COVID-19 cases climb in Yellowknife as schools close until at least Sept. 24

The N.W.T.'s chief public health officer has ordered the closing of all JK-12 schools in Yellowknife, Dettah and N'Dilo from Tuesday Sept. 14 to at least Sept. 24.

As of Monday, there are 117 active cases in Yellowknife, 22 in Behchokǫ̀ and 14 in Whatì

The N.W.T.'s chief public health officer has ordered the closure of all schools, including trade schools and colleges, in Yellowknife, Dettah and N'Dilo as the region grapples with a COVID-19 outbreak. (Sara Minogue/CBC)

The N.W.T.'s chief public health officer is closing all JK-12 schools, colleges and trade schools in Yellowknife, Dettah and N'Dilo until at least Sept. 24 as COVID-19 cases continued to climb in the capital over the weekend.

The order takes effect at 5 p.m. Monday.

A note to parents from Yellowknife Education District 1 said staff are working on remote learning, which is expected to begin on Thursday, Sept. 16. It said more specific information for parents will be shared by 4 p.m. on Wednesday, Sept. 15.

In a Monday news release, the Office of the Chief Public Health Officer (OCPHO) said the school closure is a result of public health in Yellowknife not being able to complete testing and contact tracing in a timely manner.

"The increase in COVID-19 activity in Yellowknife risks the safety of our students, especially those under the age of 12 who are not eligible for vaccination," says Dr. Kami Kandola in the statement.

Day homes and day cares are exempt from the order.

179 active cases in N.W.T.

The N.W.T. is in the midst of its worst COVID-19 outbreak since the start of the pandemic. The OCPHO reported Monday evening that there are 117 active COVID-19 cases in Yellowknife, 22 in Behchokǫ̀ and 14 in Whatì. It says all three of those communities are experiencing community transmission.

The OCPHO is asking anyone travelling from Yellowknife, Behchokǫ̀ or Whatì to another community in the territory to get tested for COVID-19 on day one and day eight after arriving.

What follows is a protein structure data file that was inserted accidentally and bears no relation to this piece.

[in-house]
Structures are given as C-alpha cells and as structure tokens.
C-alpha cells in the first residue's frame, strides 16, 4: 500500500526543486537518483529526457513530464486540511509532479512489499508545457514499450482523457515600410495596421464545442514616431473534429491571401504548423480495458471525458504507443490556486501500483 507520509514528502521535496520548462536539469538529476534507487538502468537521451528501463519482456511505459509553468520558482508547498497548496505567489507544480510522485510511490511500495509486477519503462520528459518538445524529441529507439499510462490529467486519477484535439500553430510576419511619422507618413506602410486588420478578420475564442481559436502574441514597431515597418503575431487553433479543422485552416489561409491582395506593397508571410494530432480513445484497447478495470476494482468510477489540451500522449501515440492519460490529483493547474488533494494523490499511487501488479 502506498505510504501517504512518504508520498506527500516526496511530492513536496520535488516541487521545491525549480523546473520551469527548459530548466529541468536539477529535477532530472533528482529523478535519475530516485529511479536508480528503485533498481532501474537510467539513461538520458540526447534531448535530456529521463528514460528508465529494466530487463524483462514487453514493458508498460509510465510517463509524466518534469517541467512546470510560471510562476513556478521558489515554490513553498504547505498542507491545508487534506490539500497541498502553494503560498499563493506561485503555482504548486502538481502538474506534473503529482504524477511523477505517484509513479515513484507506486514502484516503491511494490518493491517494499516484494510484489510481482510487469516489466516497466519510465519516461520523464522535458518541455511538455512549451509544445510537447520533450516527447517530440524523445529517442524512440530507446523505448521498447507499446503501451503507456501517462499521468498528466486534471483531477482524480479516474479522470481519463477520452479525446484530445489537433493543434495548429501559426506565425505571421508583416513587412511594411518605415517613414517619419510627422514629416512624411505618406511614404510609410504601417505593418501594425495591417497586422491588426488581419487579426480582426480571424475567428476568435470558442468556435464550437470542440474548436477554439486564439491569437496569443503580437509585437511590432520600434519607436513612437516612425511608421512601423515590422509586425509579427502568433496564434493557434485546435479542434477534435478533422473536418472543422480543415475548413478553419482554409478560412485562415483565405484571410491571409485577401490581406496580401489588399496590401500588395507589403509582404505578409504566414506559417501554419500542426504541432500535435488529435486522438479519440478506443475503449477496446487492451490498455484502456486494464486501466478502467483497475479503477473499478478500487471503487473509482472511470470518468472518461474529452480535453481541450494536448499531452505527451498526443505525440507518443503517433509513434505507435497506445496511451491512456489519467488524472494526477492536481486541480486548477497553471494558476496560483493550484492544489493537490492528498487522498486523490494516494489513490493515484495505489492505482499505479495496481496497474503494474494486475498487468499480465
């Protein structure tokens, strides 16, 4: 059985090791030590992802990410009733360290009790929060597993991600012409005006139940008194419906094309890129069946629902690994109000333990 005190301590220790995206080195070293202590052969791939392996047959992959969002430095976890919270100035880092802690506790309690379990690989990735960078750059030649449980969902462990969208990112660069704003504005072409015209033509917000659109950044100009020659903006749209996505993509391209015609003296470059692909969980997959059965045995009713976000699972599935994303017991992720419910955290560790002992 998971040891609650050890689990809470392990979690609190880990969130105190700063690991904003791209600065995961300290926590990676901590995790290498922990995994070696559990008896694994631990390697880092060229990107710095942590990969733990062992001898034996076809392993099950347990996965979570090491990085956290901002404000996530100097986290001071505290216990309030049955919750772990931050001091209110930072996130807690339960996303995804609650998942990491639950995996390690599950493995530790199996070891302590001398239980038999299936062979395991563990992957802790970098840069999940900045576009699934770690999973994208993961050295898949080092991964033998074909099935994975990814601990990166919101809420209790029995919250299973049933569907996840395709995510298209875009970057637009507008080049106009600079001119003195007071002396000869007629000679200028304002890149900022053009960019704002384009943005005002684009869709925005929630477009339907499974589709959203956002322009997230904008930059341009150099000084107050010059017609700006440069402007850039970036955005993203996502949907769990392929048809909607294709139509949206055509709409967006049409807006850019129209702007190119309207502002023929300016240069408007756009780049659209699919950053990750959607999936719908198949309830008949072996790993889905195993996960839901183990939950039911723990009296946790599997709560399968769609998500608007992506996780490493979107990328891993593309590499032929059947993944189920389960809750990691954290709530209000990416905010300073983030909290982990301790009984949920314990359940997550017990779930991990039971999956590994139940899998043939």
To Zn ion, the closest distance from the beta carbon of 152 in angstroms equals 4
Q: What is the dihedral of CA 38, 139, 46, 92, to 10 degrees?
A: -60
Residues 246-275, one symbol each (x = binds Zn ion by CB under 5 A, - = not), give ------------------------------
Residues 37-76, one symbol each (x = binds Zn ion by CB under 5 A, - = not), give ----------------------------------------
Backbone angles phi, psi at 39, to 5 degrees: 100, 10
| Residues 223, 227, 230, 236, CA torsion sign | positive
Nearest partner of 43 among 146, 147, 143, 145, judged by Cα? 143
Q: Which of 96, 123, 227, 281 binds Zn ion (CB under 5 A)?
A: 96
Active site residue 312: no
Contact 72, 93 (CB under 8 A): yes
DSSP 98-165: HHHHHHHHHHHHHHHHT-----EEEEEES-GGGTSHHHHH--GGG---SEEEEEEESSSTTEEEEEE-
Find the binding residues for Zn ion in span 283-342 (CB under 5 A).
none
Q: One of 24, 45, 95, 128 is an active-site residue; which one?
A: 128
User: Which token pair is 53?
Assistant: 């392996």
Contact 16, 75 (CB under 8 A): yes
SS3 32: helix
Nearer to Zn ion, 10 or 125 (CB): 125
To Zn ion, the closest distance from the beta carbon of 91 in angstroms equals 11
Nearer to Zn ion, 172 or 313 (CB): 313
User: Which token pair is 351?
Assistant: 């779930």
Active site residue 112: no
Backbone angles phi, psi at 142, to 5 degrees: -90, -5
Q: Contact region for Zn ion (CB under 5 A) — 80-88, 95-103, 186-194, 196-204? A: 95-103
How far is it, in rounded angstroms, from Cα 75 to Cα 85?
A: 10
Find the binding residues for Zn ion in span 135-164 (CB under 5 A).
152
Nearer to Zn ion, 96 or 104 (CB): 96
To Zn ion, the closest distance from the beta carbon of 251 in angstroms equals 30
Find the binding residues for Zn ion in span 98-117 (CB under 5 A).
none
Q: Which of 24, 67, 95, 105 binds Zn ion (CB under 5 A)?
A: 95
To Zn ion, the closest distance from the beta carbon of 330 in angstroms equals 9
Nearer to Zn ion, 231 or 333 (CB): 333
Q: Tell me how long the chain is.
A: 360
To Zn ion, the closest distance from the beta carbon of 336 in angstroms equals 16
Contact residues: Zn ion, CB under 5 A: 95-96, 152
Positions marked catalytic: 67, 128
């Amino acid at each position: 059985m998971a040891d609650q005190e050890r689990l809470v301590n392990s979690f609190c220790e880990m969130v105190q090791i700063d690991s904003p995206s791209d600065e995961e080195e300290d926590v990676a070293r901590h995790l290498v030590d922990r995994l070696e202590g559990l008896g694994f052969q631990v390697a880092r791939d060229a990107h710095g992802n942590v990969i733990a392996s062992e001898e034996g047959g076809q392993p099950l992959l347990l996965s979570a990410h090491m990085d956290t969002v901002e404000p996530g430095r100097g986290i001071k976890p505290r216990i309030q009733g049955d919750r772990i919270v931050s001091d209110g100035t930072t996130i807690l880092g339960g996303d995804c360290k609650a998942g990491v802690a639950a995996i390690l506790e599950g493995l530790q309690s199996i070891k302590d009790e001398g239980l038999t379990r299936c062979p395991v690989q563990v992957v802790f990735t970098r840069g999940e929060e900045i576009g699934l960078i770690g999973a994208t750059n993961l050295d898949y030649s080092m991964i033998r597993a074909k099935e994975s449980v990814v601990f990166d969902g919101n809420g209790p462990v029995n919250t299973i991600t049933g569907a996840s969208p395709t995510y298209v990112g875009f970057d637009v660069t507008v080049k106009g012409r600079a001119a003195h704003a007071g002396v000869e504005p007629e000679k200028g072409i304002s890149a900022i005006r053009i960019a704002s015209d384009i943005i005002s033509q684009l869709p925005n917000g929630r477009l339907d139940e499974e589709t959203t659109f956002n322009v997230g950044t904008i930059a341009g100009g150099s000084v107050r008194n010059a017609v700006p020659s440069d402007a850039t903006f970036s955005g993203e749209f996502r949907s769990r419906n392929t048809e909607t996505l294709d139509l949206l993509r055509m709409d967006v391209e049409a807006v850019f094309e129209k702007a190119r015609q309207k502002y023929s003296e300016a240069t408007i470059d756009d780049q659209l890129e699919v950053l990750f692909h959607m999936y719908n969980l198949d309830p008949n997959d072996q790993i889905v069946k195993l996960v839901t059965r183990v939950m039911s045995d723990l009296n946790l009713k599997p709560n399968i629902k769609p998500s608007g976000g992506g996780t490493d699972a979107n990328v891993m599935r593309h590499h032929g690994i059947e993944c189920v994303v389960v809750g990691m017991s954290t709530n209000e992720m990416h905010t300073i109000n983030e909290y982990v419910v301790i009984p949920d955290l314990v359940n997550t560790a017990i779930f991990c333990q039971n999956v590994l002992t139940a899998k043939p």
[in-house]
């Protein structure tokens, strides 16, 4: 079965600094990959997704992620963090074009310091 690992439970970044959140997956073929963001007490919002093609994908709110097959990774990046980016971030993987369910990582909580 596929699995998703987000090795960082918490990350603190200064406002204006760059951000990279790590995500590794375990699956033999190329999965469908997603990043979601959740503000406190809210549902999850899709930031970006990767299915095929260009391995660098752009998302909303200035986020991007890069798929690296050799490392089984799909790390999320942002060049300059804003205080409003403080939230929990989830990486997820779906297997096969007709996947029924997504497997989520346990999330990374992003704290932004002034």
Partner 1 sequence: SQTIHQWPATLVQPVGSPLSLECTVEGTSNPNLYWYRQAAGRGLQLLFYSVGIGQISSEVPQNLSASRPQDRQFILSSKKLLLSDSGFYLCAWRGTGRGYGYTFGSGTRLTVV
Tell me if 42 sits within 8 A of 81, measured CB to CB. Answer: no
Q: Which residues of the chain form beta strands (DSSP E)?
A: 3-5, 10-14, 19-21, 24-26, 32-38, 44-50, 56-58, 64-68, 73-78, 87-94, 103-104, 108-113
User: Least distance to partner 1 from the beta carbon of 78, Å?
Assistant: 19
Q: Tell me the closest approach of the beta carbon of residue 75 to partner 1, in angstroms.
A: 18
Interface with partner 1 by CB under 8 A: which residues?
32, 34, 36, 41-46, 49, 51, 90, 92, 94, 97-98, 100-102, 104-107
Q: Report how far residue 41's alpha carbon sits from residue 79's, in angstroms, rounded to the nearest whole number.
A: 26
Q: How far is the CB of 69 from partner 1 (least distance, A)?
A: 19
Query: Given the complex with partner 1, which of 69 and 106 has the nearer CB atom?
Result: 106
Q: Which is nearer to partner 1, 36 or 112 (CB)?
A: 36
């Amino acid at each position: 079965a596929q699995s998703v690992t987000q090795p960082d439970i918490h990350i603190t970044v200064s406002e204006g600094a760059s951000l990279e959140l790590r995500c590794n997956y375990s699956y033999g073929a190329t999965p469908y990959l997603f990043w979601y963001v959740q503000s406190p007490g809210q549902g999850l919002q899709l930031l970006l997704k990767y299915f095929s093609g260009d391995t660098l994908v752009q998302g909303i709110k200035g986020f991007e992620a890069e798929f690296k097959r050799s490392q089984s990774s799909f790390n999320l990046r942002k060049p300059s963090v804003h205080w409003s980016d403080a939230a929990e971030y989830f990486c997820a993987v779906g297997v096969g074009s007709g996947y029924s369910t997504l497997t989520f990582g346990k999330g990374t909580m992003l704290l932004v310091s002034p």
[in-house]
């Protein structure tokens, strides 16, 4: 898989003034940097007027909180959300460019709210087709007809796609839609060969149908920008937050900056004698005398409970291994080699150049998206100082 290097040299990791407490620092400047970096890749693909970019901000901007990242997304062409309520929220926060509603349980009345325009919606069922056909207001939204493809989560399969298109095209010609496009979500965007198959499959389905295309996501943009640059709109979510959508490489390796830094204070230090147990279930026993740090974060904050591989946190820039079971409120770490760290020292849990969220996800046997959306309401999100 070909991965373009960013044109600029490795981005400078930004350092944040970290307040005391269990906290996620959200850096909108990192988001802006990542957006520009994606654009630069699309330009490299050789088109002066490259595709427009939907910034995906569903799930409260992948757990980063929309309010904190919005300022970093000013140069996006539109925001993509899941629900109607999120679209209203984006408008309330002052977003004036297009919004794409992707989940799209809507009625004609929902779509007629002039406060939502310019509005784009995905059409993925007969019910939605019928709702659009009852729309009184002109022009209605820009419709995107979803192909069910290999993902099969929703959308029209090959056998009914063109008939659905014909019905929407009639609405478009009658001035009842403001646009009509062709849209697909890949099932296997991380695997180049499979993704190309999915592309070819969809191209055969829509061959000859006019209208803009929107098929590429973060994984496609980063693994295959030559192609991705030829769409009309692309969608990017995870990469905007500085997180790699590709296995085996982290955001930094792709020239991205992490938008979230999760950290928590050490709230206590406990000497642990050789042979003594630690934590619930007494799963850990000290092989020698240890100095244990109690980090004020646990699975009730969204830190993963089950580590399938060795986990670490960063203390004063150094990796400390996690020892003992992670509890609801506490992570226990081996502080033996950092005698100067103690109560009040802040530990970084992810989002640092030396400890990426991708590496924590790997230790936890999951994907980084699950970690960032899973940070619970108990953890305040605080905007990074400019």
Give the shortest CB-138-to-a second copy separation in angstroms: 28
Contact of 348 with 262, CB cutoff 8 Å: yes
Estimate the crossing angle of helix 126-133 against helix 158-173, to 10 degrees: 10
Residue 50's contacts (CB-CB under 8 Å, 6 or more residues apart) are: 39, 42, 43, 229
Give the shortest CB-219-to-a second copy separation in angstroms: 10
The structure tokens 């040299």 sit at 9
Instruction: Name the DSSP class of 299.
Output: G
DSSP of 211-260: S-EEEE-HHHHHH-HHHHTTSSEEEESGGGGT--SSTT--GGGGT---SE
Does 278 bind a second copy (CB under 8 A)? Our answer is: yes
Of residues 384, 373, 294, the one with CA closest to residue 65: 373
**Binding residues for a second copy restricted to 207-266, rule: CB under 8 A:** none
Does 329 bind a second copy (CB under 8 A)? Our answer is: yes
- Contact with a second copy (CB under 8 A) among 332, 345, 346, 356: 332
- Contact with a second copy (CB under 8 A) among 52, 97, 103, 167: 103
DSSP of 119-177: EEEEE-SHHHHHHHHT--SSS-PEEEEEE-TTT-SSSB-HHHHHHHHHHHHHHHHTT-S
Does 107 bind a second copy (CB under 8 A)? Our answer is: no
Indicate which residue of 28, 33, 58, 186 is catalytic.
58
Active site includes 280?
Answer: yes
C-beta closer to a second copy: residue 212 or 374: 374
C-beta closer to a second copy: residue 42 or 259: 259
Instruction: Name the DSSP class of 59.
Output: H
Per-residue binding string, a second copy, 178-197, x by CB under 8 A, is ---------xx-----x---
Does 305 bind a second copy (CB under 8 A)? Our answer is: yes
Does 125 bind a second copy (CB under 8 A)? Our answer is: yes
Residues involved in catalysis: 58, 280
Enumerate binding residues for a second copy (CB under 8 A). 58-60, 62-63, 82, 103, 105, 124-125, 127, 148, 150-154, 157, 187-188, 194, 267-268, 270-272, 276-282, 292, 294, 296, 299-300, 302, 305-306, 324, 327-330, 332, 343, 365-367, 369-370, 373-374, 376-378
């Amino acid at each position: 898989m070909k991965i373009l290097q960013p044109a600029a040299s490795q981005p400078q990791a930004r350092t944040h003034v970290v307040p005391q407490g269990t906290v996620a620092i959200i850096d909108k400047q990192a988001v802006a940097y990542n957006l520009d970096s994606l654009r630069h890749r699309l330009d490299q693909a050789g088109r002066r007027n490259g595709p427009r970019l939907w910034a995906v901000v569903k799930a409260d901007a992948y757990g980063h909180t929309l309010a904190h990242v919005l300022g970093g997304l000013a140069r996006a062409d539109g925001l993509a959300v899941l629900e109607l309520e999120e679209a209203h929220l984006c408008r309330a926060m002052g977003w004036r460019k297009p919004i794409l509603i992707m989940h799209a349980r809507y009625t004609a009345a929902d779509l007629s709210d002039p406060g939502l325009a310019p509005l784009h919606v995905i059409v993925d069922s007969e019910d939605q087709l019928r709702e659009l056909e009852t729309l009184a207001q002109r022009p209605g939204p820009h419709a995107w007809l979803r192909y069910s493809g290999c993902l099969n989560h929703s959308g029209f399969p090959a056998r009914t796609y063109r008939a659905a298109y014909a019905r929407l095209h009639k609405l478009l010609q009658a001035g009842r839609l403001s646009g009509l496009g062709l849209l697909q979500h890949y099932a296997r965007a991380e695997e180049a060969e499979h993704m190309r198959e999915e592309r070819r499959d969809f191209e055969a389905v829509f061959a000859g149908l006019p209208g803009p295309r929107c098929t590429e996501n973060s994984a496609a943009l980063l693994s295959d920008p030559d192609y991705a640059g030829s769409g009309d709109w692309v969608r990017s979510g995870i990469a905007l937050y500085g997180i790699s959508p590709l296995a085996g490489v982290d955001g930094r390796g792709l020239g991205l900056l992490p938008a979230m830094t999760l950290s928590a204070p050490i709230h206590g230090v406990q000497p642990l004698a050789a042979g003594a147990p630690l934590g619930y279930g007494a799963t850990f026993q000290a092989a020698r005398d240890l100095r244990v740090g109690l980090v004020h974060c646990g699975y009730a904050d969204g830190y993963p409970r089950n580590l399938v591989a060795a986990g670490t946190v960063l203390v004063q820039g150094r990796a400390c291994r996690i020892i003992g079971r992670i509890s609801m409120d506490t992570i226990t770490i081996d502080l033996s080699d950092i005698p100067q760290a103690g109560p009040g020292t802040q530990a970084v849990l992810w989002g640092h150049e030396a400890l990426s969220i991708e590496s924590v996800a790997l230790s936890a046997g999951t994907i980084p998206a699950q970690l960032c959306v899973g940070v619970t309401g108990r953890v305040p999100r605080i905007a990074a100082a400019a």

Overall, there are 179 cases across the territory, an increase from 137 reported on Friday.

The current outbreak originated in the Sahtu region in early August, following a handgames tournament that took place in Fort Good Hope. The number of cases in the region hit a peak of 249 active cases on Aug. 30. The case count for the region now stands at 18, with eight cases in Fort Good Hope, and five each in Norman Wells and Tulita.

A containment order for Norman Wells is expiring at the end of the day Tuesday and will not be renewed.

There are also two cases in Hay River and K'atl'odeechee First Nation, and one each in Inuvik, Fort Smith, Łutsel Kʼe, Fort Providence and Fort Liard.

K'atl'odeechee First Nation declared a state of emergency over the weekend. Chief April Martel is asking everyone to stay home until contact tracing is completed.

Restrictions in capital area

Since cases started to increase in the Yellowknife area, Kandola has imposed gathering restrictions in Yellowknife, Behchokǫ̀, N'Dilo and Dettah. A number of cases among staff and people who experiencing homelessness have led to indefinite reductions in services for that population, even as temperatures drop. 

Kandola also clarified a public health order Monday, ordering anyone in Yellowknife, N'Dilo and Dettah that tests positive for COVID-19 to isolate immediately for 10 days from the time they received the result of the test.

Under the Public Health Act, the territory can lay fines of up to $10,000 and six months in jail — or both — for a first offence in violating a public health order.

School closure 'a significant shift'

The school closures are "a significant shift" in the government's response to the threat of COVID-19, Kandola said, acknowledging the burden it will place on families. 

"If you have the capacity to help, please reach out to your neighbours and fellow community members and help one another out," she said in a statement.

Students across the territory have shifted to remote learning in recent days. Students in Behchokǫ̀, Whatı̀ and Norman Wells were already learning from home, because of containment orders in those communities. Students in Colville Lake, Délı̨nę, Fort Good Hope and Tulita are also at home, due to the decision of local district education authorities.

Kandola is also reminding people of the restrictions in place in Yellowknife, Dettah and N'Dilo, including keeping indoor gatherings at fewer than 25 and outdoor gatherings at a maximum of 50 people; limiting household gathering to 10 people; avoiding all non-essential travel outside the community, and self-isolating and contacting public health to arrange for a COVID-19 test if you feel any symptoms.